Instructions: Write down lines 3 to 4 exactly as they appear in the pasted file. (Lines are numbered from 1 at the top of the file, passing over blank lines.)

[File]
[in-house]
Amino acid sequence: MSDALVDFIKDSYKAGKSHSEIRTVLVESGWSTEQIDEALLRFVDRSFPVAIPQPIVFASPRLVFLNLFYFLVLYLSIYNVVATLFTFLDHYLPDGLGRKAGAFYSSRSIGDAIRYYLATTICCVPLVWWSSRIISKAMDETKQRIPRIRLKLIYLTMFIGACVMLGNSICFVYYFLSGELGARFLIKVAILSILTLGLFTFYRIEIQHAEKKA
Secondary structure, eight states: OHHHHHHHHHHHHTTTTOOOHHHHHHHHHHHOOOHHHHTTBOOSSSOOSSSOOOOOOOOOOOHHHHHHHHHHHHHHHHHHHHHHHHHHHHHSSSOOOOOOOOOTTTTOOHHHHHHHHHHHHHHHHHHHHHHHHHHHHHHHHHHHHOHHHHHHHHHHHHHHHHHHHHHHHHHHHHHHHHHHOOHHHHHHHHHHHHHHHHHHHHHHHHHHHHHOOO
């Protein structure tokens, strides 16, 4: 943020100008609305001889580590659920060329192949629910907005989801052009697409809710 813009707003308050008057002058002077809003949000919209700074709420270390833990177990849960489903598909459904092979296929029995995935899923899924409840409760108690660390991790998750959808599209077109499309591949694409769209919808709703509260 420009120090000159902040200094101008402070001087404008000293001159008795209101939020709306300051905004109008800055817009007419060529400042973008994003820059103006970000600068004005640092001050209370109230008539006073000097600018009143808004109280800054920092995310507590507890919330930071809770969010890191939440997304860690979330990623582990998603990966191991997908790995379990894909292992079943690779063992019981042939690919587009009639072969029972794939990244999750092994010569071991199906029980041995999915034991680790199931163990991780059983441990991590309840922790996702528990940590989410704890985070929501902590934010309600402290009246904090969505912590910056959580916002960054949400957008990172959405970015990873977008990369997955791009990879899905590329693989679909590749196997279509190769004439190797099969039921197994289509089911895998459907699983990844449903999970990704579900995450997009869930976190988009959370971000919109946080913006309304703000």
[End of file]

Secondary structure, eight states: OHHHHHHHHHHHHTTTTOOOHHHHHHHHHHHOOOHHHHTTBOOSSSOOSSSOOOOOOOOOOOHHHHHHHHHHHHHHHHHHHHHHHHHHHHHSSSOOOOOOOOOTTTTOOHHHHHHHHHHHHHHHHHHHHHHHHHHHHHHHHHHHHOHHHHHHHHHHHHHHHHHHHHHHHHHHHHHHHHHHOOHHHHHHHHHHHHHHHHHHHHHHHHHHHHHOOO
């Protein structure tokens, strides 16, 4: 943020100008609305001889580590659920060329192949629910907005989801052009697409809710 813009707003308050008057002058002077809003949000919209700074709420270390833990177990849960489903598909459904092979296929029995995935899923899924409840409760108690660390991790998750959808599209077109499309591949694409769209919808709703509260 420009120090000159902040200094101008402070001087404008000293001159008795209101939020709306300051905004109008800055817009007419060529400042973008994003820059103006970000600068004005640092001050209370109230008539006073000097600018009143808004109280800054920092995310507590507890919330930071809770969010890191939440997304860690979330990623582990998603990966191991997908790995379990894909292992079943690779063992019981042939690919587009009639072969029972794939990244999750092994010569071991199906029980041995999915034991680790199931163990991780059983441990991590309840922790996702528990940590989410704890985070929501902590934010309600402290009246904090969505912590910056959580916002960054949400957008990172959405970015990873977008990369997955791009990879899905590329693989679909590749196997279509190769004439190797099969039921197994289509089911895998459907699983990844449903999970990704579900995450997009869930976190988009959370971000919109946080913006309304703000």